Anything Worth Doing Is Worth Doing Into the Ground…

Meditation (Photo credit: Moyan_Brenn)

I haven’t really talked about this much, but last week I went ahead and saw a therapist because some of my coping mechanisms were no longer, well, refilling my cope. With my anxiety getting away from me, I felt I needed more advice. It took me about two and a half months to get in to see her but it was worth it. She believes in a very goal-oriented practice and specializes in anxiety.

She recommended I take a crack at ACT therapy, which seemed like a good fit for me. She gave me some good suggestions and she asked me, when I said I used to meditate, why I had stopped.

“Because I’m not very good at it.” I laughed awkwardly and backtracked about how I don’t feel like I get very much out of it, throwing out something about intrusive thoughts and monkey mind. She recommended specific guided meditations to help with my insomnia and my reaction when I thought about it later was actually a bit of a scoff. Guided meditation? I haven’t done that in years.

It’s easy to get attached to a tool and learn to use it in stages, seeing each skill as more advanced or more correct than the previous ones. Somewhere along the way I got the idea in my head that the kinds of meditation that gave me benefits, like guided meditation and loving kindness meditation, were somehow “cheating” – valuable tools for other people, sure, but if I got benefits from them it must be too easy for me. I ran up against the wall of no-mind zen meditation, found it didn’t do much for me at all, and decided that must be the thing I should put all my effort into. Because clearly it was harder, so it must be more worthwhile, too.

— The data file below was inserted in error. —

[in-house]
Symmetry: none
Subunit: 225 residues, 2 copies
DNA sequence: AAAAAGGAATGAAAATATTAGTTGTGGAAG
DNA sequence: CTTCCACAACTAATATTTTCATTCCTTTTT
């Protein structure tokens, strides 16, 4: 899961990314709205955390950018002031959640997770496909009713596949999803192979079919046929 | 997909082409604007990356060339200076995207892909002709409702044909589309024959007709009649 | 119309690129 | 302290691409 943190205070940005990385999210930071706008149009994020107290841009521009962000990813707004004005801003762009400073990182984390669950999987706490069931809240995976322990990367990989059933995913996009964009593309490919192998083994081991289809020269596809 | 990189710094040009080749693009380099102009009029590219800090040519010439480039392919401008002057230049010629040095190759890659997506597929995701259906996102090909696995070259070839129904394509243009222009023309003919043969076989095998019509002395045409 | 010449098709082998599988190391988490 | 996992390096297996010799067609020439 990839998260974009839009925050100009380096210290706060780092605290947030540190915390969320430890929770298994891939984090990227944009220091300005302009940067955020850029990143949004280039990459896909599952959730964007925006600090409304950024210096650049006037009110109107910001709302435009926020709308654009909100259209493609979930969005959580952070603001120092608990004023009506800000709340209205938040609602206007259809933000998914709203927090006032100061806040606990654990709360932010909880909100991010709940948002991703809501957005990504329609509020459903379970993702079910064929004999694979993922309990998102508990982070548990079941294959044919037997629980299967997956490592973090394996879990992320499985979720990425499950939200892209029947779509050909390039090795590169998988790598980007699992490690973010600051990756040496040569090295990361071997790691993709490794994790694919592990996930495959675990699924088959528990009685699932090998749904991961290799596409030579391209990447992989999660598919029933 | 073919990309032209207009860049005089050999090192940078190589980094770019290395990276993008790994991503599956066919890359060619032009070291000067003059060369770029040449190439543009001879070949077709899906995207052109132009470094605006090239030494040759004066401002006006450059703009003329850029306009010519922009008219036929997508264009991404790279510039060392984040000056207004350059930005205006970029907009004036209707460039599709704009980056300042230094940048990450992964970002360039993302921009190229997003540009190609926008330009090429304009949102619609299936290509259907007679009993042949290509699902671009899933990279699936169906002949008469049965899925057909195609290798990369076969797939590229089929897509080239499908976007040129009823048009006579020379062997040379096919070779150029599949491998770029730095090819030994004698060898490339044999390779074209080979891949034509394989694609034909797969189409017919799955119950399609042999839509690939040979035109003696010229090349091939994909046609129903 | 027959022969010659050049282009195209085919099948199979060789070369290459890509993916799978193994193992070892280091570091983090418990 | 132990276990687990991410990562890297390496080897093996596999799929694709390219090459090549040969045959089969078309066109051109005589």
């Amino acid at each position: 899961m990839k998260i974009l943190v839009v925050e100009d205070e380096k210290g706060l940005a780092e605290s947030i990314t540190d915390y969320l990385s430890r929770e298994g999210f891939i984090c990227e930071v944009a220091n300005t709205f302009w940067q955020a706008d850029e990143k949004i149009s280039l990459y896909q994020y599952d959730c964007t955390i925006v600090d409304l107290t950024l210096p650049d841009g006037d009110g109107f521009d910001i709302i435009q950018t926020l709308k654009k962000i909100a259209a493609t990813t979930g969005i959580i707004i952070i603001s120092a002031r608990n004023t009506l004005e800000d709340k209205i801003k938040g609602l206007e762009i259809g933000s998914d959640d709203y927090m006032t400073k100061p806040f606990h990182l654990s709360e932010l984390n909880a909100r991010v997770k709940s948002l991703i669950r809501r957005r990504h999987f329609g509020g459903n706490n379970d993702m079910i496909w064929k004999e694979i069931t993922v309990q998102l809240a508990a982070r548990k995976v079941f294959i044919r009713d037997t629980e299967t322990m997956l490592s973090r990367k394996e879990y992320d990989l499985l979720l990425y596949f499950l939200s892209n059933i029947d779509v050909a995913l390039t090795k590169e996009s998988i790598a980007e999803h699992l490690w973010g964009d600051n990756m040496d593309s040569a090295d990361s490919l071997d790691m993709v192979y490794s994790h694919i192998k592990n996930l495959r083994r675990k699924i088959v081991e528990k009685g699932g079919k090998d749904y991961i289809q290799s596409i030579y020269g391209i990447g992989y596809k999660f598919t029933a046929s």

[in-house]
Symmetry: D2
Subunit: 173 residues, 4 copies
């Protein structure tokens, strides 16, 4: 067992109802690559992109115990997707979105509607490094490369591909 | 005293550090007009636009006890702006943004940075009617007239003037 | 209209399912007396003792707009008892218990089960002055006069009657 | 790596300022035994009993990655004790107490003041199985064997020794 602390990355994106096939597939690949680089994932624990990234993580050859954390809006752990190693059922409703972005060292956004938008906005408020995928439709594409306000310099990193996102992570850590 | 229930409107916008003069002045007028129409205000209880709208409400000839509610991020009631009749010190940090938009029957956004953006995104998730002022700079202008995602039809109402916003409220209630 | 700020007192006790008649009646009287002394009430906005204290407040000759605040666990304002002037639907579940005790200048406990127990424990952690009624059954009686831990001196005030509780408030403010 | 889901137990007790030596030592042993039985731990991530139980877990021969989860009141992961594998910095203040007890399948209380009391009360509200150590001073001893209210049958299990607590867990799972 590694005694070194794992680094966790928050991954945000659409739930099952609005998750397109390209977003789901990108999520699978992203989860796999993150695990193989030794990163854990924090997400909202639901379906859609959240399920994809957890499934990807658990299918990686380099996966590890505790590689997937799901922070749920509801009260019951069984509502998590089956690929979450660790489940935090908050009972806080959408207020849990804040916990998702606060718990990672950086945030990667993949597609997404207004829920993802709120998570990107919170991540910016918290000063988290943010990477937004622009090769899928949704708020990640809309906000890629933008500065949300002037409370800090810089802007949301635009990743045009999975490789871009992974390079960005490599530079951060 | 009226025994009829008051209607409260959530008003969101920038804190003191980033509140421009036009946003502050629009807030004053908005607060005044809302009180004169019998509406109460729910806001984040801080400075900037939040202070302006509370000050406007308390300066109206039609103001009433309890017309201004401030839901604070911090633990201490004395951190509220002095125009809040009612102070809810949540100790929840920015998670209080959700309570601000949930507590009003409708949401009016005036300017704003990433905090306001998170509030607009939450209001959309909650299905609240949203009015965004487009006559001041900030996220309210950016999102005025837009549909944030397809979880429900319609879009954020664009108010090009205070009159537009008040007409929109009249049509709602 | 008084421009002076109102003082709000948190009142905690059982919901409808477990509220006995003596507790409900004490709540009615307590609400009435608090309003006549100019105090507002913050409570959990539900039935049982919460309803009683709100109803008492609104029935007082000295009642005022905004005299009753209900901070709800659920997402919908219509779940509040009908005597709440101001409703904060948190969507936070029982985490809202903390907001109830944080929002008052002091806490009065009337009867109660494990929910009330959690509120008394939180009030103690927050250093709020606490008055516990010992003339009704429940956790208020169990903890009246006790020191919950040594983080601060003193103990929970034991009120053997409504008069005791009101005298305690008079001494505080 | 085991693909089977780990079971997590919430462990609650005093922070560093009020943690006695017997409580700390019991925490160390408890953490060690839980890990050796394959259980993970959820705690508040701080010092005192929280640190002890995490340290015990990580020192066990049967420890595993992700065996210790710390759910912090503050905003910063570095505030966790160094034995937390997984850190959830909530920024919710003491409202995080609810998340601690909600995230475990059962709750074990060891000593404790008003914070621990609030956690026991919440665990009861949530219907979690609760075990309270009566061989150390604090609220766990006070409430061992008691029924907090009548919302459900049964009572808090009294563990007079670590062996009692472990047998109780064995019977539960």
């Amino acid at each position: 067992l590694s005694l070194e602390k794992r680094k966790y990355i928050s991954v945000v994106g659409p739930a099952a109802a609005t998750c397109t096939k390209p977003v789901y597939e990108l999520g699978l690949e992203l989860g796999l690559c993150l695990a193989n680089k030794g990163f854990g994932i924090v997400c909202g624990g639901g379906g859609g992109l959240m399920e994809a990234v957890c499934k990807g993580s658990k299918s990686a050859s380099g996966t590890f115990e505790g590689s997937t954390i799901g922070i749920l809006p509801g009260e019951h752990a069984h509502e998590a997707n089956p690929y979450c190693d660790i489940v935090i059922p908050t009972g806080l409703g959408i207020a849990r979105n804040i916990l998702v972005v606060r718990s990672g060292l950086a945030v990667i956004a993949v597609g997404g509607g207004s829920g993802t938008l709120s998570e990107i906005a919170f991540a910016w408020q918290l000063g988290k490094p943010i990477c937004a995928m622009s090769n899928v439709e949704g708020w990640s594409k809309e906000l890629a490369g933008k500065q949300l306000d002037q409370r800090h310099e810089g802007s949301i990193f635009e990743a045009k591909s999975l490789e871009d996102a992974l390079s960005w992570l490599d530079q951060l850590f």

I finally put it together this morning and now that I’m putting it into words, I realize how silly it sounds. Why am I so good at making things harder for myself than necessary? Time to stop and re-evaluate.

0 thoughts on “Anything Worth Doing Is Worth Doing Into the Ground…

  1. Basic practices often turn out to be the advanced ones upon constant practice. But I too have fallen into this particular ego trip — all the while believing myself on pilgrimage.

    1. Yeah. I almost didn’t make this post because I felt like an asshole when I figured out what I was doing. My former martial arts teacher would be very disappointed in me.

      1. Under the right circumstances, your martial arts teacher would not be disappointed, so much as laugh. But it’s an easy trap to fall into… even for him, I imagine. 🙂

  2. I think you’re on the right track there! If it works, use it – no shame.

    I have trouble with no-mind meditation too, and while narrative ones don’t do much for me either, ones that focus on moving energy around come naturally to me. I can achieve something like a no-mind state for brief periods of time if I first deconstruct myself through moving energy around. It feels like doing things backwards, but it works.

  3. I have the same problem. I’ve been dismissing the career path I just started moving into for years because I felt the work required came naturally to me, so clearly it was super easy and therefore fruitless as labor.

    I mean, I believe in challenging yourself, but at some point, it’s just ridiculous. It’s more punishing and denying yourself.

    I’m glad you found someone to work with. 🙂

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